I’ve spoken before about the importance of getting into the zone. But like all things, you can be in the zone too much. Let’s talk about maintaining a healthy balance in the face of challenging work environments, a natural inclination to go deep, and a surprising new context: quarantine.
I’ve really gone deep in the past. When I was young, I had “no problem sitting at a computer for hours”, because those “hours would go by and I would barely feel it”. But the truth is that while I didn’t notice in the middle of those long stretches, I did notice it afterwards.
I’d be dehydrated, hungry, sore, and exhausted at the end of a long session. Operating nearly purely in the mind, I had disconnected from my body’s needs for too long.
I’d feel a sense of shame as well, both because of my physical state and because it felt like I had lost time. No, I hadn’t time-traveled, but I did put more time than I wanted into the video game, the web page upgrade, or the tweaking of some Pascal program. If I had done my homework first, maybe it wouldn’t be so bad!
I’ve come a long way since then, but the truth is that I haven’t grown beyond these leanings. That most-prized thing, a long stretch of uninterrupted time, can put me in that same space. A no-meeting weekday afternoon or a Saturday with no plans can still be a trap. Even as an adult, coding or writing can suck me in like a video game.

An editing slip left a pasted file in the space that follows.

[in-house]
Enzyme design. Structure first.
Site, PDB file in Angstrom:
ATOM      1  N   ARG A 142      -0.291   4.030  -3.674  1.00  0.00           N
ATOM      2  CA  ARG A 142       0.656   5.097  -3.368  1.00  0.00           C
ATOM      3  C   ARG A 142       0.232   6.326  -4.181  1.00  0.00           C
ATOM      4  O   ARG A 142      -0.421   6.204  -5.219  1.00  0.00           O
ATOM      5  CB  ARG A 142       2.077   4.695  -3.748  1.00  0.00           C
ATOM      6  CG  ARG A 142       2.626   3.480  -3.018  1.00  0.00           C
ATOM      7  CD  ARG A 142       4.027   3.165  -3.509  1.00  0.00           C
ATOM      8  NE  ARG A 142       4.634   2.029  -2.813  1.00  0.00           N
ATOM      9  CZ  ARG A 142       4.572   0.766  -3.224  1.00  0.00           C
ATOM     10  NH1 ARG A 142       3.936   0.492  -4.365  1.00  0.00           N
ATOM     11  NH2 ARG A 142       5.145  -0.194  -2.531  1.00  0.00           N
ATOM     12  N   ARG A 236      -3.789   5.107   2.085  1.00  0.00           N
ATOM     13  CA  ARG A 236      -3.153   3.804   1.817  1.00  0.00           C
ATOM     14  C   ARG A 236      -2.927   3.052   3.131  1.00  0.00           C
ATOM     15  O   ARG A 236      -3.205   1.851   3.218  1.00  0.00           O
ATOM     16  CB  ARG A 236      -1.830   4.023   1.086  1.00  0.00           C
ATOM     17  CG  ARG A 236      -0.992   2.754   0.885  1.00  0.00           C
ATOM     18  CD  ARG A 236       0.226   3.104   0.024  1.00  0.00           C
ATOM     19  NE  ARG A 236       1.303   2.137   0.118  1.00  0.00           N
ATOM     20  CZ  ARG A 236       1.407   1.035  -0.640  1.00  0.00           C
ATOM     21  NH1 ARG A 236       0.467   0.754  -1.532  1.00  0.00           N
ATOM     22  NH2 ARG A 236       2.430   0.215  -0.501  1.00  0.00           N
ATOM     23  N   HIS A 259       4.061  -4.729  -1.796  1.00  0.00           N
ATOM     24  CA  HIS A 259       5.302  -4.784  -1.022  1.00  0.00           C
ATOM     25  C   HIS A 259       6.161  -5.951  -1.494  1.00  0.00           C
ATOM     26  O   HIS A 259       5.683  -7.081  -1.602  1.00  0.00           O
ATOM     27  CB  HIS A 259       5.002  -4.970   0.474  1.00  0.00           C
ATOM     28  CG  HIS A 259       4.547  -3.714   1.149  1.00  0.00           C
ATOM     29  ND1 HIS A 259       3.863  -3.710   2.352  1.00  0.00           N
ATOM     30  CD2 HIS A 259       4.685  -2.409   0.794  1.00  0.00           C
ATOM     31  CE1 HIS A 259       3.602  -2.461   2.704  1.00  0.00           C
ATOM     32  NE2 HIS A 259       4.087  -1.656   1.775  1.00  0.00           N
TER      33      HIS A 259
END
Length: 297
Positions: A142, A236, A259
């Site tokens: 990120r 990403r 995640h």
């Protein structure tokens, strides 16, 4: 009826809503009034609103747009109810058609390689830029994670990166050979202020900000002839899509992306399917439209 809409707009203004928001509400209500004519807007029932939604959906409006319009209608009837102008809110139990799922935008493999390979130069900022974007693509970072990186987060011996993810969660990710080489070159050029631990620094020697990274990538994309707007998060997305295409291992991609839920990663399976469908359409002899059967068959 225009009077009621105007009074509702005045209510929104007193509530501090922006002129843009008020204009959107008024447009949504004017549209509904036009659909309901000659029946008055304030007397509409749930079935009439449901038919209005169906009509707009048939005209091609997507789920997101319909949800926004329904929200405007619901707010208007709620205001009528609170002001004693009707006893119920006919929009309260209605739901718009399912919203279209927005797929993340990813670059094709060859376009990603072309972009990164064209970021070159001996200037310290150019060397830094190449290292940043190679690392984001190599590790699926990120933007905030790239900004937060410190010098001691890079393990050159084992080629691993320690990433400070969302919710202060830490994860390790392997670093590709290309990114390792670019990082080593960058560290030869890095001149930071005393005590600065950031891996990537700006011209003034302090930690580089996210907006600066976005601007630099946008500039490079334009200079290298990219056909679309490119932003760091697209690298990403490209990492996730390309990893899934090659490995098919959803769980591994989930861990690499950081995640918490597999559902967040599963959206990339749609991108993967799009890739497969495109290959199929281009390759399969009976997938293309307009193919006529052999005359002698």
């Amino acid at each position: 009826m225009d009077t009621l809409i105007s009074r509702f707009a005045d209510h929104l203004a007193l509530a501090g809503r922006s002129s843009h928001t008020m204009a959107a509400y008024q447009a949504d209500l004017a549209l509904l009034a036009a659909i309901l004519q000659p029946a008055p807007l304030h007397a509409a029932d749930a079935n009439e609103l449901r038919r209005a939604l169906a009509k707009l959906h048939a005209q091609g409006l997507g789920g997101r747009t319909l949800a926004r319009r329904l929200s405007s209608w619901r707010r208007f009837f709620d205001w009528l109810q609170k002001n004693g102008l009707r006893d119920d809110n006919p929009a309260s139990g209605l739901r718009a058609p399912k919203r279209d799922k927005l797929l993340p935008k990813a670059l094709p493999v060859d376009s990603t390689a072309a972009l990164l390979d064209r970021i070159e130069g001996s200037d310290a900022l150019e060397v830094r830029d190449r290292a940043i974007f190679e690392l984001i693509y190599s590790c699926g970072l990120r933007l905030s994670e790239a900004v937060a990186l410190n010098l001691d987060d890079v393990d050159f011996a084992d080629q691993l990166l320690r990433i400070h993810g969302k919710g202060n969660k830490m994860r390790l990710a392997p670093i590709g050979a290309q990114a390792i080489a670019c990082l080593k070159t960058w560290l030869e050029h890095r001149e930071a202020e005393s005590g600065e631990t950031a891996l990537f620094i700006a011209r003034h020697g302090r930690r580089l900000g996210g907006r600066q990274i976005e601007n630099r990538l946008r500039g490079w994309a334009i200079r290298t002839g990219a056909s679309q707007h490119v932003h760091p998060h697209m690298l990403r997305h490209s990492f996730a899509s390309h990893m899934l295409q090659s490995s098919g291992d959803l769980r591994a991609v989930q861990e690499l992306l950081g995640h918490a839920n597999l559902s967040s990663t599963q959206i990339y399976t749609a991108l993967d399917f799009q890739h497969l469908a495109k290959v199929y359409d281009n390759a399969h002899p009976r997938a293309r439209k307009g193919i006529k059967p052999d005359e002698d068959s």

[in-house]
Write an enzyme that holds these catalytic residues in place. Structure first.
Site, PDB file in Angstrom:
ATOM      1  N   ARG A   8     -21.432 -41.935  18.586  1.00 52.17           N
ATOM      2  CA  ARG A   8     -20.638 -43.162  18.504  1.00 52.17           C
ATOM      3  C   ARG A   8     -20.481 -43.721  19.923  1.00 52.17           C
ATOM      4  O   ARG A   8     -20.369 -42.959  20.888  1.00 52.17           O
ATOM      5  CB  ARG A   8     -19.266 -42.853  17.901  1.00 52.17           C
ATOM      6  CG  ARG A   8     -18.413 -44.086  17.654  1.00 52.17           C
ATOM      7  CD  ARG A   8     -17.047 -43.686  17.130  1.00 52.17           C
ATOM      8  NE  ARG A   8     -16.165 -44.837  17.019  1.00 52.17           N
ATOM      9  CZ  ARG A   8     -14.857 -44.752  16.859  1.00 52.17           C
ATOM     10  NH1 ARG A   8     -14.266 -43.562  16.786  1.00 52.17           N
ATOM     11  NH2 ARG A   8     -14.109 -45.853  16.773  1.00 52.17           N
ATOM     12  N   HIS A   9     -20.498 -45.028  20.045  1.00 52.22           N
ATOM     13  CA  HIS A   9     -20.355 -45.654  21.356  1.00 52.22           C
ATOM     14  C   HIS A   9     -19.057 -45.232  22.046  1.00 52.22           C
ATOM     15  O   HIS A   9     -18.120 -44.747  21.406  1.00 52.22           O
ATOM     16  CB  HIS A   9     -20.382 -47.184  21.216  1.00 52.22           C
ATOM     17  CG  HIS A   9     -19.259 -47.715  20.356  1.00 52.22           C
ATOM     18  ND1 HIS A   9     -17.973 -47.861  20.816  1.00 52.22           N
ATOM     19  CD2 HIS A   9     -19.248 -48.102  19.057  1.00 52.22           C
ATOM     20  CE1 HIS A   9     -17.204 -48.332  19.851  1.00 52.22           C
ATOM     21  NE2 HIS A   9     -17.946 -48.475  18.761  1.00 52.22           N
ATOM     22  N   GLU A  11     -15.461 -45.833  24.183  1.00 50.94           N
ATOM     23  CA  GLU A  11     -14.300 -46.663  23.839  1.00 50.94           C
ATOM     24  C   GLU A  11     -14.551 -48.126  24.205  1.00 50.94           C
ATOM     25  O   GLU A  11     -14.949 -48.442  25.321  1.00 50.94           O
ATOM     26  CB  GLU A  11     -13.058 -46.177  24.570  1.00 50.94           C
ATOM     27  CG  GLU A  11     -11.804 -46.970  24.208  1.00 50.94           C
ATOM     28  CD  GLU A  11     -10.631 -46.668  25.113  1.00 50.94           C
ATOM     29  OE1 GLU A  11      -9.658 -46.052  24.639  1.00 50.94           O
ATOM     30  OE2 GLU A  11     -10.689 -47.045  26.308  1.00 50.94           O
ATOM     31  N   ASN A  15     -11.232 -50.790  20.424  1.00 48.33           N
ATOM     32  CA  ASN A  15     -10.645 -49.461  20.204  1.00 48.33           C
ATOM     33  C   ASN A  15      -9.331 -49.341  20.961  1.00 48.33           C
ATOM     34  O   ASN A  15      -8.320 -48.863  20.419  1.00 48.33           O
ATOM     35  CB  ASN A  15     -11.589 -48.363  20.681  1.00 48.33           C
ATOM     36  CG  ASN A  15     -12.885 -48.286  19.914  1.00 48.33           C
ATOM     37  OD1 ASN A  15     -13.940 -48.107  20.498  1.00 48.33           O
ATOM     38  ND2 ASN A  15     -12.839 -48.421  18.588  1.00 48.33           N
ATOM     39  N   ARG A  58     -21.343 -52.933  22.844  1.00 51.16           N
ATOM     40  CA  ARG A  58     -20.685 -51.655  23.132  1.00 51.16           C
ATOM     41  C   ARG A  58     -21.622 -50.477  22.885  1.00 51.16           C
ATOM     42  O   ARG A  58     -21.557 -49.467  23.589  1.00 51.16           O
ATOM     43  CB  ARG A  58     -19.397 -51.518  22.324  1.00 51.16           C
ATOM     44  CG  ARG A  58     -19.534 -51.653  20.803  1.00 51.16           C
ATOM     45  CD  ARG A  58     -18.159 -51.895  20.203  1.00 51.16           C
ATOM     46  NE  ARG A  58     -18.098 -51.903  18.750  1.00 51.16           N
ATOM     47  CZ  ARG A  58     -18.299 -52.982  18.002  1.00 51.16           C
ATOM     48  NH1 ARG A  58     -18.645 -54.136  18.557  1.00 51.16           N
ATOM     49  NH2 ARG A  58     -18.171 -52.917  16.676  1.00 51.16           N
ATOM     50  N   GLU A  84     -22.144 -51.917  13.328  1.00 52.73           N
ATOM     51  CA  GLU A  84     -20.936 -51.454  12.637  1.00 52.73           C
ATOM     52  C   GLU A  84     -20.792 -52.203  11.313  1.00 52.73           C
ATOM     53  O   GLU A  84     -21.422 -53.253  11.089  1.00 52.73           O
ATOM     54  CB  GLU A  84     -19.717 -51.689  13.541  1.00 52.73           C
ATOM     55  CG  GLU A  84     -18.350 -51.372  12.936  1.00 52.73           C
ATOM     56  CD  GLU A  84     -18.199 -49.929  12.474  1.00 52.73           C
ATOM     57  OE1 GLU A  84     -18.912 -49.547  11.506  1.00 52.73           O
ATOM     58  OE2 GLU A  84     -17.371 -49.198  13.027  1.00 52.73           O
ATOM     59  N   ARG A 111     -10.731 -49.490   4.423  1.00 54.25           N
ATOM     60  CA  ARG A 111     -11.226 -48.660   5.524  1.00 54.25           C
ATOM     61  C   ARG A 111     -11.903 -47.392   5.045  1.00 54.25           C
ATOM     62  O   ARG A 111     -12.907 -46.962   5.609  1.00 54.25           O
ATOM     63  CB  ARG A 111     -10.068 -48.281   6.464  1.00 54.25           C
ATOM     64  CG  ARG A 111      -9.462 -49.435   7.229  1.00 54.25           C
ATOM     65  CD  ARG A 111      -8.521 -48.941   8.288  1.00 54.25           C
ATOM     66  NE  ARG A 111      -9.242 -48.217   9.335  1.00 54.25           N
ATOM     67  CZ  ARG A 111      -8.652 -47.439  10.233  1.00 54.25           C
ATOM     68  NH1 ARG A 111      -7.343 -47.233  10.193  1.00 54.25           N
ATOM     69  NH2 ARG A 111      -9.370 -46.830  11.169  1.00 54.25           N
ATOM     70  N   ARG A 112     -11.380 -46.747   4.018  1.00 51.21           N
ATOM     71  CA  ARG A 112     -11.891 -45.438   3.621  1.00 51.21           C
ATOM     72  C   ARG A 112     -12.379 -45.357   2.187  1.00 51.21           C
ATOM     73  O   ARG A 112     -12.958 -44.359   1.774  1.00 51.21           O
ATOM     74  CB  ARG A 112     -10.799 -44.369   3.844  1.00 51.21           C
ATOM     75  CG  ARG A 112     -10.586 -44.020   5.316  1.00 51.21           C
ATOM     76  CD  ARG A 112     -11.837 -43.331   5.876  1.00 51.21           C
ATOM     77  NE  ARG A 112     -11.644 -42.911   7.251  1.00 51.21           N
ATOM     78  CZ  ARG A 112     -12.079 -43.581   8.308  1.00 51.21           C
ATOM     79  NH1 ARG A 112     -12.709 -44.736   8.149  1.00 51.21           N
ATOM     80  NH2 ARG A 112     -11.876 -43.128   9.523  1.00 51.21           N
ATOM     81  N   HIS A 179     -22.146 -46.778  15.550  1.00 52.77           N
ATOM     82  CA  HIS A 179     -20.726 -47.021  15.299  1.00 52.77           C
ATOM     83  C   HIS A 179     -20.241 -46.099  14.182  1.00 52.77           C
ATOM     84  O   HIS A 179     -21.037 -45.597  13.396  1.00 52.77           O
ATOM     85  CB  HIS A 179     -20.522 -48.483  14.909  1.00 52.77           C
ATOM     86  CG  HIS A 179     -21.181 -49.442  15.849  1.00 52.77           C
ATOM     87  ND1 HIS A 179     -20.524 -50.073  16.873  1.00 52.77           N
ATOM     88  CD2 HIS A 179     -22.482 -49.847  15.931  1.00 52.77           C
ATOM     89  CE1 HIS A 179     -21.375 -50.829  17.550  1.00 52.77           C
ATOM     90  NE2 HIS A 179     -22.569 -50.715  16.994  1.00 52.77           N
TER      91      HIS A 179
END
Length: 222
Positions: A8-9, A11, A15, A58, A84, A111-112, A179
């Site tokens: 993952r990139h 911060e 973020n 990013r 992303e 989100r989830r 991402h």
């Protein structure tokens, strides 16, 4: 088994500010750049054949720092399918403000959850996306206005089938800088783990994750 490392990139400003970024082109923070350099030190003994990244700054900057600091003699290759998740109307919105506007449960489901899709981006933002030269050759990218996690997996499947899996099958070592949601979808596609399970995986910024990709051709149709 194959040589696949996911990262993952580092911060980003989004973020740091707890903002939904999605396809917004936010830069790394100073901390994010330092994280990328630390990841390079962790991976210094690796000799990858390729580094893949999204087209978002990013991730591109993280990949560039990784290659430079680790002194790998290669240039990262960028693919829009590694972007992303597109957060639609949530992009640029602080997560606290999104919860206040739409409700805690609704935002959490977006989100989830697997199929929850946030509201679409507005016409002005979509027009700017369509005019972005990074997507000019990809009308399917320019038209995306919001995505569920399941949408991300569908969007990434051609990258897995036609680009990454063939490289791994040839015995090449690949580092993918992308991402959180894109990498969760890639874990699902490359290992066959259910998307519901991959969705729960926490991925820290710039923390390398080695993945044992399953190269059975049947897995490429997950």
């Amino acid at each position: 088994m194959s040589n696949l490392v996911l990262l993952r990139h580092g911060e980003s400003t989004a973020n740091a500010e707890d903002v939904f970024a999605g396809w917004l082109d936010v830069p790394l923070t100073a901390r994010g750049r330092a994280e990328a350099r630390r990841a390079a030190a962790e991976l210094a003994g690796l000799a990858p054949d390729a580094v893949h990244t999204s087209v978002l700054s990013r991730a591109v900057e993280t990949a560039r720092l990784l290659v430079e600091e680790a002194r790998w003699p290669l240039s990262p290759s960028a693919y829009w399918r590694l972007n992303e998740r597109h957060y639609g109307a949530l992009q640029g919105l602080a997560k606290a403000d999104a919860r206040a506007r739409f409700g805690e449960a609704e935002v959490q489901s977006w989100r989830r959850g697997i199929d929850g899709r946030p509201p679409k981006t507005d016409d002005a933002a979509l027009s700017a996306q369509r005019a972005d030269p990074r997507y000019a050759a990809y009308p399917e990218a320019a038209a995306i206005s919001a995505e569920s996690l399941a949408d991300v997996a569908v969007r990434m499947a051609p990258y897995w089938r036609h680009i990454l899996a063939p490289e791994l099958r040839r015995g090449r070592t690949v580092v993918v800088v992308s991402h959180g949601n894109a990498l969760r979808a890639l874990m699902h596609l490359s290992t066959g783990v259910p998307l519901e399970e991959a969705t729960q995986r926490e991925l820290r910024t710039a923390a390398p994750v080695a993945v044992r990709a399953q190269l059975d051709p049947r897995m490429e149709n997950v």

What’s worse, YouTube and Twitter can do the same thing out of nowhere. I’ve started watching or scrolling and was shocked when I later broke out of that spell!
The solution is, surprisingly, interruptions. But instead of a disturbance that can pull you in some random direction, we want a pure reminder to climb up a few mental levels, from the details of the task at hand to a higher perspective. From the short term to the longer term.
When I’m faced with a long stretch of uninterrupted time, I break it up with timers I’ve set for myself on my phone.
As I’ve previously mentioned, the Pomodoro Technique is useful to help structure this. At a high level, the technique asks you to break your day up into 25-minute and 5-minute chunks. The larger chunk is your productive time, time on task. The smaller chunks are whatever relaxing thing you’d like: a short walk, a snack, meditation, etc.
When you start each 25-minute Pomodoro, you record a specific stated goal (I track mine with my thoughts system), and focus fully on that goal until it’s done or the time period is complete. Then you take a break. You can decide the right time to check your notifications during this rhythm. I like to do it right before starting my next chunk of work.
I’ve used this approach long enough that I’ve customized it for myself, a rhythm I call Super Pomodoros: 50 minutes on task, then a 10-minute break, almost always meditation. Earplugs, a dark room, laying down, watching breath, focusing on relaxing my face and body. Maybe you’re like me, and you sometimes scowl at your computer as you work?
You might think that all of these benefits are about your body, your health, and your mindset. You might even doubt that your productivity will go up if you’re always being interrupted. But the benefits are pretty comprehensive: